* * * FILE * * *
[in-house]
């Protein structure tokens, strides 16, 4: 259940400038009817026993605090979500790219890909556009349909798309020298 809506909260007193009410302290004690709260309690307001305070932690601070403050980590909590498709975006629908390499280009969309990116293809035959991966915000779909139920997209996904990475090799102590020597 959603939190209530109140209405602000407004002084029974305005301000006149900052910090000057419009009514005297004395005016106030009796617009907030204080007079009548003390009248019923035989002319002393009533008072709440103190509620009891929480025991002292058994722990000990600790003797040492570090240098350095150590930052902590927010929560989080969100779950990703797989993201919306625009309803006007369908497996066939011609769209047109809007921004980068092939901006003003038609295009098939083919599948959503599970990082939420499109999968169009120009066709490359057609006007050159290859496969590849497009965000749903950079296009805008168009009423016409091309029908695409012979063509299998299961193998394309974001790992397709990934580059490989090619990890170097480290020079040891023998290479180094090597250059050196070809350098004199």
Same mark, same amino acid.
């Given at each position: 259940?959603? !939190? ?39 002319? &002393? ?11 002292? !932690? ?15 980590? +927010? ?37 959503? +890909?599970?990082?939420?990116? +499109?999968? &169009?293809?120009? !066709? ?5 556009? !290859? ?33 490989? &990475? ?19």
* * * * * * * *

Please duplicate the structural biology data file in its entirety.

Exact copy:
[in-house]
């Protein structure tokens, strides 16, 4: 259940400038009817026993605090979500790219890909556009349909798309020298 809506909260007193009410302290004690709260309690307001305070932690601070403050980590909590498709975006629908390499280009969309990116293809035959991966915000779909139920997209996904990475090799102590020597 959603939190209530109140209405602000407004002084029974305005301000006149900052910090000057419009009514005297004395005016106030009796617009907030204080007079009548003390009248019923035989002319002393009533008072709440103190509620009891929480025991002292058994722990000990600790003797040492570090240098350095150590930052902590927010929560989080969100779950990703797989993201919306625009309803006007369908497996066939011609769209047109809007921004980068092939901006003003038609295009098939083919599948959503599970990082939420499109999968169009120009066709490359057609006007050159290859496969590849497009965000749903950079296009805008168009009423016409091309029908695409012979063509299998299961193998394309974001790992397709990934580059490989090619990890170097480290020079040891023998290479180094090597250059050196070809350098004199």
Same mark, same amino acid.
């Given at each position: 259940?959603? !939190? ?39 002319? &002393? ?11 002292? !932690? ?15 980590? +927010? ?37 959503? +890909?599970?990082?939420?990116? +499109?999968? &169009?293809?120009? !066709? ?5 556009? !290859? ?33 490989? &990475? ?19």